The Green Mountain Rd. wildfire, close to Apex Mountain, grew to a size of 1.5 hectares over four days before BC Wildfire Service deemed it ‘under control’.
The fire has received sufficient suppression to ensure no further spread.
Located 18.3 kilometers west of Skaha Lake, the fire remains as of Monday (Sept. 7) under investigation but is suspected to be person caused.
The fire was discovered Friday (Sept. 4) afternoon.
READ MORE: GALLERY: BC Wildfire crews battling fire near Apex Mountain
By 5:30 p.m. that night, the fire was 0.2 hectares in size, and had three helicopters, plus eight crew on scene. The fire, burning in steep terrain and visible from Green Mountain Rd., was reported at approx. 3:49 p.m. Several units from Penticton Fire Department attended first, supplying ground troops with water before turning the scene over to BC Wildfire Service.
Crews could be seen loading up with gear, hoses slung over their shoulders, before hiking up the mountainside toward the fire. The wind was calm, and both crew and onlooking residents were thankful for this.
Close by, about two kilometers down the road, several residents watched the fire while discussing what to do.
Dennis Shelbey pondered whether or not he should, like the neighbours, load his horses and take them into town.
“I’m just worried about other fires that spread so fast after being so small, so that’s why I’m going to hang out here probably for the night,” he said Friday.
Shelbey made the trip from town to watch over his cousin’s property, which is also where he keeps his two horses. If he had to, he would load up and drop off his horses at a stable in Penticton.
The lifelong local has never seen a fire this close to his cousin’s property, and this had him worried.
“That kind of freaks me out a little bit,” said Shelbey.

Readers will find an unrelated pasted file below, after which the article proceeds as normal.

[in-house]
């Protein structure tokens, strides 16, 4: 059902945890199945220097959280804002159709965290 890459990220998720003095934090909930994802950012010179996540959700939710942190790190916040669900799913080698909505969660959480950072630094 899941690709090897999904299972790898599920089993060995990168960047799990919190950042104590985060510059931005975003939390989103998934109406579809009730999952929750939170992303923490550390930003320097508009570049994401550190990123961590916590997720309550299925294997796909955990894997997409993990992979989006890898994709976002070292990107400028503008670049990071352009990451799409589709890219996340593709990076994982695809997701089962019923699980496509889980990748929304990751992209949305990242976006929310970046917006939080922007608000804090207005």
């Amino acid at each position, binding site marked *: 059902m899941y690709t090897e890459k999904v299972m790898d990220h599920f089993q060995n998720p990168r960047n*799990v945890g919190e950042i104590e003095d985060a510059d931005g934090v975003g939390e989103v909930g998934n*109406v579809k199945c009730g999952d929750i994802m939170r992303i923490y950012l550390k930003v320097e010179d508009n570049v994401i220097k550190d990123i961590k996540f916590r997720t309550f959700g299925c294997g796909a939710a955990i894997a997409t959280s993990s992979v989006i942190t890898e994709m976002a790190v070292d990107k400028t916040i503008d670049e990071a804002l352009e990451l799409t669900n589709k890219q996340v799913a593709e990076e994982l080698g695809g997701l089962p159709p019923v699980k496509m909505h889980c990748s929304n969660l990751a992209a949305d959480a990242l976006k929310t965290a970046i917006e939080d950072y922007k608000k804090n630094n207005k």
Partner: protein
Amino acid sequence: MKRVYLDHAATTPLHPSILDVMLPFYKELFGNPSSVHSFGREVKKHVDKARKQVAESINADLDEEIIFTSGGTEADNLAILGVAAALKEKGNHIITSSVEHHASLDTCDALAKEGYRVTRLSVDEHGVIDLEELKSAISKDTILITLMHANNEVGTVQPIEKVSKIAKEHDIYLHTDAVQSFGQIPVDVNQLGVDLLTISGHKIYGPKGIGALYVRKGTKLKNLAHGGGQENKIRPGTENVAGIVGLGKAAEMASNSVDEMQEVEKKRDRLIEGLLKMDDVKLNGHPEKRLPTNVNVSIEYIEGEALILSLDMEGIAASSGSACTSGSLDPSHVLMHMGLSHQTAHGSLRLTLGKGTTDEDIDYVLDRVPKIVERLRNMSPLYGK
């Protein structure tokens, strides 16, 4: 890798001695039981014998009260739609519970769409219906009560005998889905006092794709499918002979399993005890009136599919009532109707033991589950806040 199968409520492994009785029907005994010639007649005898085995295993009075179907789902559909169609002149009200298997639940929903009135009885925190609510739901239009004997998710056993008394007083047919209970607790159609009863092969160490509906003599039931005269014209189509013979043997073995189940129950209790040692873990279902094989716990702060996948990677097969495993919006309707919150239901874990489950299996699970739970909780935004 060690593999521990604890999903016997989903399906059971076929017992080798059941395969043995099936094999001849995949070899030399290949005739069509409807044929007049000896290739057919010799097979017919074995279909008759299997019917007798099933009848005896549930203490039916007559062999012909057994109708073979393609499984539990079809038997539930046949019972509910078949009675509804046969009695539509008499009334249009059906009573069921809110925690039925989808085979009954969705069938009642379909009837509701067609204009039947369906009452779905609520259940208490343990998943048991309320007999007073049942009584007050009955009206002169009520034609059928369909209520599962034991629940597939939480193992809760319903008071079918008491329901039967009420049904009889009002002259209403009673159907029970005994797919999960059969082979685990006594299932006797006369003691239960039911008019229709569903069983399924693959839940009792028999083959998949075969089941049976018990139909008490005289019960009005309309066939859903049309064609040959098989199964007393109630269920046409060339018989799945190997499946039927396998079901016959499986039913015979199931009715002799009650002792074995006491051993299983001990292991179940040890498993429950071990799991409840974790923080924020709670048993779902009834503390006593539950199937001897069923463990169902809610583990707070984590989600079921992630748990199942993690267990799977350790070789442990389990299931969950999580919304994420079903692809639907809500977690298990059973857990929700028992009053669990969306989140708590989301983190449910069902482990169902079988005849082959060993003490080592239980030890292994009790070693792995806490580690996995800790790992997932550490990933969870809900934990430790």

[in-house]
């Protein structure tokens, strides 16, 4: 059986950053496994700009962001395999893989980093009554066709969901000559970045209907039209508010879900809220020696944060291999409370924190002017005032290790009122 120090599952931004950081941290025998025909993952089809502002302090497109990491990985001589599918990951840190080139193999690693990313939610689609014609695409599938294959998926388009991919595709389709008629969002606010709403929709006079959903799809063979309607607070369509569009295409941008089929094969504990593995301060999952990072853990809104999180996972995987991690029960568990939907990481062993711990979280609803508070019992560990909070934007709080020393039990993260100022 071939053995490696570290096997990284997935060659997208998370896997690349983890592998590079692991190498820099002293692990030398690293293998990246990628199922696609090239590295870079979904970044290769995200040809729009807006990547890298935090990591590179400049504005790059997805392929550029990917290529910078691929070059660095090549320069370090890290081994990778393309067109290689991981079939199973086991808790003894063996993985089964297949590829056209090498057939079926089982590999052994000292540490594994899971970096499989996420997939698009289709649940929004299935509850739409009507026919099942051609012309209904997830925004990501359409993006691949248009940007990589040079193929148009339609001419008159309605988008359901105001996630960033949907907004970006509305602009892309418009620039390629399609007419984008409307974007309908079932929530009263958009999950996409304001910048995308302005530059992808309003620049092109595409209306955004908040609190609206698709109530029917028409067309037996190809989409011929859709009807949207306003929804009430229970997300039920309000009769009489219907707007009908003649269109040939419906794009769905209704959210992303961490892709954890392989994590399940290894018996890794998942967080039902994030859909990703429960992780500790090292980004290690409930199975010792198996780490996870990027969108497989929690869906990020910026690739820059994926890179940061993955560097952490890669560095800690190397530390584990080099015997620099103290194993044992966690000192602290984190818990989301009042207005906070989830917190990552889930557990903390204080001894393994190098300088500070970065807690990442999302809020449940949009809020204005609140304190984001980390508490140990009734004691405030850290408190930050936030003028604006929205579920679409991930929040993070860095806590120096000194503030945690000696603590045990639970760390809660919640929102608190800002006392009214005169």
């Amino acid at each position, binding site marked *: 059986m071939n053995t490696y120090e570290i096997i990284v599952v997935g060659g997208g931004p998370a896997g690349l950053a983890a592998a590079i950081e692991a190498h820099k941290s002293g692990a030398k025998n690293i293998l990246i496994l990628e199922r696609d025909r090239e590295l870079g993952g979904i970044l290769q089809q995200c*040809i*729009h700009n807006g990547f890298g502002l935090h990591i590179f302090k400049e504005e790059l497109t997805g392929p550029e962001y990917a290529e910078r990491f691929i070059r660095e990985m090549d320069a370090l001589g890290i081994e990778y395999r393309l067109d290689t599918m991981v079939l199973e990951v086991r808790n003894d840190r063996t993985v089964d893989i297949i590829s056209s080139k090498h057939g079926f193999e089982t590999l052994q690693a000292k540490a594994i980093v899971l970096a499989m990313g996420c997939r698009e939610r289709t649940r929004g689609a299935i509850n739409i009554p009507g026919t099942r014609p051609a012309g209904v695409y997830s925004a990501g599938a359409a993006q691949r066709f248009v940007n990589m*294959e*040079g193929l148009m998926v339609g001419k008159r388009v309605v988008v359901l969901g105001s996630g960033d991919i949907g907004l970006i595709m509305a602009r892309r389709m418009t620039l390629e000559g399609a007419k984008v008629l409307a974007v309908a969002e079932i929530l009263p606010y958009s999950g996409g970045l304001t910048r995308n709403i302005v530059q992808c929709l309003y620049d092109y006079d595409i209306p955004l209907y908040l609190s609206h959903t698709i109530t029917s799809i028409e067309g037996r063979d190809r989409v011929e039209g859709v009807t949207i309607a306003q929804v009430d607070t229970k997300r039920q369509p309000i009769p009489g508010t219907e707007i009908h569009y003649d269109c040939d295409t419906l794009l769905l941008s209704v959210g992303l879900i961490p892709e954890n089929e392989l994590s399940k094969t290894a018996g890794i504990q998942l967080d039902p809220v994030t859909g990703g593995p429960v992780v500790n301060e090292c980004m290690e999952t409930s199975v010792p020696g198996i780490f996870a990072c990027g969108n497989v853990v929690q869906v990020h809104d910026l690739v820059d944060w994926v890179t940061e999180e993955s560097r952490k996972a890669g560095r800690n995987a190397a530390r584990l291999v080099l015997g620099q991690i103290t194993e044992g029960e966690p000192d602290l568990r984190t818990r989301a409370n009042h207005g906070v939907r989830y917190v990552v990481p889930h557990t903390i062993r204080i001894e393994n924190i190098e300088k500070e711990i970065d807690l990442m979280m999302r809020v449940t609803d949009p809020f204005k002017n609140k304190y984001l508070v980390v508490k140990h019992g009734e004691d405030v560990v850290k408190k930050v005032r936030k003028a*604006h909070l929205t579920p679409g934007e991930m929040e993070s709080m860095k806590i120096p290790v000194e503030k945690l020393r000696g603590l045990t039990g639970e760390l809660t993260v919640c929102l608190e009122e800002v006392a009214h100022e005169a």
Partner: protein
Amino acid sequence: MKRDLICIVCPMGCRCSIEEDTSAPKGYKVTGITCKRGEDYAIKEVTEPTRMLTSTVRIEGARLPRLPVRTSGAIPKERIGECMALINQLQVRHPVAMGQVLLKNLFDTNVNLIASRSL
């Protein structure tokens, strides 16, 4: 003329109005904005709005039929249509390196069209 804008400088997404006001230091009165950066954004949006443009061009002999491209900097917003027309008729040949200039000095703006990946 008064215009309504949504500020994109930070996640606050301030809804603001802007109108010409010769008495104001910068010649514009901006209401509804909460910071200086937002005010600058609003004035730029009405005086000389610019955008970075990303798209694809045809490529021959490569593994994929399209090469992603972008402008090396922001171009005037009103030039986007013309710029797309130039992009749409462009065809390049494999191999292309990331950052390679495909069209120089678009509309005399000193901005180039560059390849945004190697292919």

He said the response by firefighters to this fire was fast.
Just up the road, firefighting helicopters lowered to fill up in a lake, a small swamp nearby residents refer to as ‘fake lake’. This close water resource, just down the road from the fire, has allowed helicopters to drop water frequently.
“That’s what I like to see, them bomb it right away and knock it down so that it doesn’t get so carried away,” Shelbey said.
He looked at the ground behind him, a pasture covered in yellow grass. With just a well, there’s no option for irrigation to keep fields green.
“My pasture’s pretty dry, so I hope it doesn’t come over here.”
Overnight by Saturday morning, the fire had grown from 0.2 to 1.5 ha. By then, 13 BC Wildfire personnel were assigned to the fire, applying water and extinguishing hot spots.
Gagan Libhran, fire information officer with the Kamloops Fire Centre, said at the time the status of the fire remained ‘out of control’. Smoke could be seen in the area due to the smouldering ground fire.
On Monday, Libhran confirmed that the fire’s status was changed to ‘under control’. Thirteen personnel continued to work in the perimeter of the fire, extinguishing hot spots.
Four days after the fire was reported, it remains under investigation.
“Our Fire Origin Specialist is going to investigate if there was any lighting in the area outside of what we are aware of,” said Libhran, Saturday.